The innkeeper and Sancho said they would; and then Master Peter, taking up Marsilio, king of Saragossa, without a head, said: "You see how impossible it is to restore this king to his pristine state, and therefore I think, with submission to better judgment, you must award me for his death and destruction four reals and a half." — "Proceed," said Don Quixote. "Then for this that is cleft from top to bottom," continued Master Peter, taking up the Emperor Charlemagne, "I think five reals and a quarter little enough to ask." — "Not very little," quoth Sancho. "Not very much," replied the innkeeper; "but split the difference, and set him down five reals." — "Give him the whole five and a quarter," said Don Quixote;" for, in such a notable mischance as this, a quarter more or less is not worth standing upon; and make an end, Master Peter; for it grows towards supper-time, and I have some symptoms of hunger upon me," "For this figure," cried Master Peter, "which wants a nose and an eye, and is the fair Melisendra, I must have and can abate nothing of two reals and -- twelve maravedís." — "Nay," said Don Quixote, "the devil must be in it, if Melisendra be not, by this time, with her husband, at least upon the borders of France; for methought the horse they rode upon seemed to fly rather than gallop; and therefore do not pretend to sell me a cat for a coney, showing me here Melisendra noseless, whereas, at this very instant, probably, she is solacing herself at full stretch with her husband in France. God help every one with his own, Master Peter; let us have plain dealing, and proceed." Master Peter, finding that Don Quixote began to warp, and was returning to his old bent, had no mind he should escape him so, and therefore said to him: "Now I think on it, this is not Melisendra, but one of her waiting-maids, and so with sixty maravedís I shall be well enough paid, and very well contented." Thus he went on, setting a price upon several broken figures, which the arbitrators afterwards moderated to the satisfaction of both parties. The whole amounted to forty reals and three quarters; and over and above all this, which Sancho immediately disbursed, Master Peter demanded two reals for the trouble he should have in catching his ape. "Give him them, Sancho," said Don Quixote, "not for catching the ape, but to drink. I would give two hundred to anyone that could tell me for certain, that Donna Melisendra and Signor Don Gayferos are at this time in France, and among their friends." — "Nobody can tell us that better than my ape," said Master Peter, "but the devil himself cannot catch him now; though I suppose his affection for me, or hunger, will force him to come to me at night; and to-morrow is a new day, and we shall see one another again."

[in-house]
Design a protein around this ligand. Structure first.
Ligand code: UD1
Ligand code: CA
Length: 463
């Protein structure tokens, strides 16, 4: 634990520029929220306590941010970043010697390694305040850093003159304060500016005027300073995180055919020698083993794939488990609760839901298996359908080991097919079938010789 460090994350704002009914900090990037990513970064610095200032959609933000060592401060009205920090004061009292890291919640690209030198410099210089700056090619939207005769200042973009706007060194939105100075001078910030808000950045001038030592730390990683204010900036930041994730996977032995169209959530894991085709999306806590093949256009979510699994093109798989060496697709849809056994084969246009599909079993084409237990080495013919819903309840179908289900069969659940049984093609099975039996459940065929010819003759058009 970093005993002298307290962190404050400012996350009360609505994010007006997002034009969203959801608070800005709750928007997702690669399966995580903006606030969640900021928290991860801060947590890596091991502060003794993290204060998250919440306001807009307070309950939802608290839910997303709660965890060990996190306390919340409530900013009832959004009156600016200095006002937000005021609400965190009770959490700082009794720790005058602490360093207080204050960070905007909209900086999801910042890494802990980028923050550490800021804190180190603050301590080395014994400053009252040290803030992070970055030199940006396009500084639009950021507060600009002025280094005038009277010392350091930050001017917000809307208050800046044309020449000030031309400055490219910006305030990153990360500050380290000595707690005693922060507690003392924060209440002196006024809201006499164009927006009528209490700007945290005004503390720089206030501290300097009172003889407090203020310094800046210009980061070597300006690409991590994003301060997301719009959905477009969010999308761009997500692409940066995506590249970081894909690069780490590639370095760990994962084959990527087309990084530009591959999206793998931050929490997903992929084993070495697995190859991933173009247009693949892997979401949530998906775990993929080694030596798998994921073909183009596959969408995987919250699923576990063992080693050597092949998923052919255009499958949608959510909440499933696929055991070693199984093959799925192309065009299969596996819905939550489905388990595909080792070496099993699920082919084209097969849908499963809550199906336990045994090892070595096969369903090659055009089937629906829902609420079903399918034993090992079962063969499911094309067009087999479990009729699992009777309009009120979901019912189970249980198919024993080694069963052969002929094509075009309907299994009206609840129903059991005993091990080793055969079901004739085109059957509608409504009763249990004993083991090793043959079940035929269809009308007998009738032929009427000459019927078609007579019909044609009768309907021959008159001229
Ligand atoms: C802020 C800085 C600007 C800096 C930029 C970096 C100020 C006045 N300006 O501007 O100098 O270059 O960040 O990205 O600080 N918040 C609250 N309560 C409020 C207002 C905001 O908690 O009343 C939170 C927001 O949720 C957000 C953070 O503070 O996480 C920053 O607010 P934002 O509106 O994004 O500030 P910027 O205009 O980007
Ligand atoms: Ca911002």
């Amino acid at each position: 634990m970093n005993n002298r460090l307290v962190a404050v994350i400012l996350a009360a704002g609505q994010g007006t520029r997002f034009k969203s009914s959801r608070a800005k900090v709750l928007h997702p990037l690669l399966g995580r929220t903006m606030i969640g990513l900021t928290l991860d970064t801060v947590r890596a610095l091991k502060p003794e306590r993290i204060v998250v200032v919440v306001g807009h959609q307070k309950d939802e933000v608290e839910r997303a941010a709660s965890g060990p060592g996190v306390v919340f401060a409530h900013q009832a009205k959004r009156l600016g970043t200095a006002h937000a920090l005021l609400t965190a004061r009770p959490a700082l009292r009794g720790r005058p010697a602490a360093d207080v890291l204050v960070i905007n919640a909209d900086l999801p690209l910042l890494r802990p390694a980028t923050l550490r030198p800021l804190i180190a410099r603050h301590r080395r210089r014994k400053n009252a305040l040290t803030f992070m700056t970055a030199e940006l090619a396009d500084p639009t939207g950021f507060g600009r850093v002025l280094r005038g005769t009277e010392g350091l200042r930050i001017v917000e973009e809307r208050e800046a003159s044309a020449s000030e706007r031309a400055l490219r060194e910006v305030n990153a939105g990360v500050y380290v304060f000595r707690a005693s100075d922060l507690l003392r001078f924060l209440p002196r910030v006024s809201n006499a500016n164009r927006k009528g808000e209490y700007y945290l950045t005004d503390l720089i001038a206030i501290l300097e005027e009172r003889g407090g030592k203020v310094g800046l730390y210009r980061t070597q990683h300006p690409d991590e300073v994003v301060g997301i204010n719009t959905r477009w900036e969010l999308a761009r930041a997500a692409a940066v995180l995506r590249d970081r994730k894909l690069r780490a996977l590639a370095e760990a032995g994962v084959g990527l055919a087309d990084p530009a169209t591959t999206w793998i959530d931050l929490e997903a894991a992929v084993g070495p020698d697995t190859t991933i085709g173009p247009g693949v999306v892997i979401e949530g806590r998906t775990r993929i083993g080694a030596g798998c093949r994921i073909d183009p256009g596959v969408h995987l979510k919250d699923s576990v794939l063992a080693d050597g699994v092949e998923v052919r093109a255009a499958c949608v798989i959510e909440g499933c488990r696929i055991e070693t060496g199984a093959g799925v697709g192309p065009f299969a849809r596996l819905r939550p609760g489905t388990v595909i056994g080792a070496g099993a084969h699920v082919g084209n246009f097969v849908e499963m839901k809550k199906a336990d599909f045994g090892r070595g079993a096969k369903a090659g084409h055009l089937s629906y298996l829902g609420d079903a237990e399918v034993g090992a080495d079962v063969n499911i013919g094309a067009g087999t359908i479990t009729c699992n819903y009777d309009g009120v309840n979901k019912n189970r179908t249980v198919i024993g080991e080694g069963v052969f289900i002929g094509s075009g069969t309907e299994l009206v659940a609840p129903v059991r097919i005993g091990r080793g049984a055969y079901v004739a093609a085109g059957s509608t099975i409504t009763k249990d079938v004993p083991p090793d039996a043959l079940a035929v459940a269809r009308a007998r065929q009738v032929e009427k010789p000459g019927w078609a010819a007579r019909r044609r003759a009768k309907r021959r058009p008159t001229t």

In conclusion, the bustle of the puppet-show was quite over, and they all supped together in peace and good company, at the expense of Don Quixote, who was liberal to the last degree. He who carried the lances and halberds went off before day, and after it was light, the scholar and the page came to take their leaves of Don Quixote, the one in order to return home, and the other to pursue his intended journey; and Don Quixote gave him a dozen reals to help to bear his charges. Master Peter had no mind to enter into any more tell me's and I will tell you' s, with Don Quixote, whom he knew perfectly well; and therefore up he got before sun; and, gathering up the fragments of his show, and taking his ape, away he went in quest of adventures of his own. The innkeeper, who knew not Don Quixote, was equally in astonishment at his madness and liberality. In short, Sancho, by order of his master, paid him very well; and at about eight in the morning, bidding him farewell, they left the inn, and went their way, where we will leave them to give place to the relating several other things, necessary to the better understanding this famous history.
Don Quixote de la Mancha, translated by Charles Jarvis